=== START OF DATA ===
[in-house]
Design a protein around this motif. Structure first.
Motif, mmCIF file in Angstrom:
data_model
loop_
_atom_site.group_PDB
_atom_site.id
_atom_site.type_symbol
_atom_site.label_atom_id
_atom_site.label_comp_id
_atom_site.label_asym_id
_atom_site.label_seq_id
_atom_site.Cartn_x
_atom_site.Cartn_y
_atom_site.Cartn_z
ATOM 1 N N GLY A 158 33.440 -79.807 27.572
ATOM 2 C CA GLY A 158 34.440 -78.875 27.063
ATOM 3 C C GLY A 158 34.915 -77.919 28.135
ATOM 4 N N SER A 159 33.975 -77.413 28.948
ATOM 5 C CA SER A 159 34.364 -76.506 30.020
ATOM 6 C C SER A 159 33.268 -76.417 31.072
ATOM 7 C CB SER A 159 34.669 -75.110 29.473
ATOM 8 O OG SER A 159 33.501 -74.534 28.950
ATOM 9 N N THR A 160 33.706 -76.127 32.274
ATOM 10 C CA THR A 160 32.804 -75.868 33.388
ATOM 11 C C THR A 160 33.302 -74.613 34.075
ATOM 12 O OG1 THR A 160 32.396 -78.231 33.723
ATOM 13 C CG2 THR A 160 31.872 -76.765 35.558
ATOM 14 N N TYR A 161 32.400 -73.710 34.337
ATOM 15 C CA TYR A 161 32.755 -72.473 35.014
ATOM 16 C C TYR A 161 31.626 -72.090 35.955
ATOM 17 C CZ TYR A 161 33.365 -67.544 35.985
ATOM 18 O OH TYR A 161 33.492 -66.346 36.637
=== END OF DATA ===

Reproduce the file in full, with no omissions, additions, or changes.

[in-house]
Design a protein around this motif. Structure first.
Motif, mmCIF file in Angstrom:
data_model
loop_
_atom_site.group_PDB
_atom_site.id
_atom_site.type_symbol
_atom_site.label_atom_id
_atom_site.label_comp_id
_atom_site.label_asym_id
_atom_site.label_seq_id
_atom_site.Cartn_x
_atom_site.Cartn_y
_atom_site.Cartn_z
ATOM 1 N N GLY A 158 33.440 -79.807 27.572
ATOM 2 C CA GLY A 158 34.440 -78.875 27.063
ATOM 3 C C GLY A 158 34.915 -77.919 28.135
ATOM 4 N N SER A 159 33.975 -77.413 28.948
ATOM 5 C CA SER A 159 34.364 -76.506 30.020
ATOM 6 C C SER A 159 33.268 -76.417 31.072
ATOM 7 C CB SER A 159 34.669 -75.110 29.473
ATOM 8 O OG SER A 159 33.501 -74.534 28.950
ATOM 9 N N THR A 160 33.706 -76.127 32.274
ATOM 10 C CA THR A 160 32.804 -75.868 33.388
ATOM 11 C C THR A 160 33.302 -74.613 34.075
ATOM 12 O OG1 THR A 160 32.396 -78.231 33.723
ATOM 13 C CG2 THR A 160 31.872 -76.765 35.558
ATOM 14 N N TYR A 161 32.400 -73.710 34.337
ATOM 15 C CA TYR A 161 32.755 -72.473 35.014
ATOM 16 C C TYR A 161 31.626 -72.090 35.955
ATOM 17 C CZ TYR A 161 33.365 -67.544 35.985
ATOM 18 O OH TYR A 161 33.492 -66.346 36.637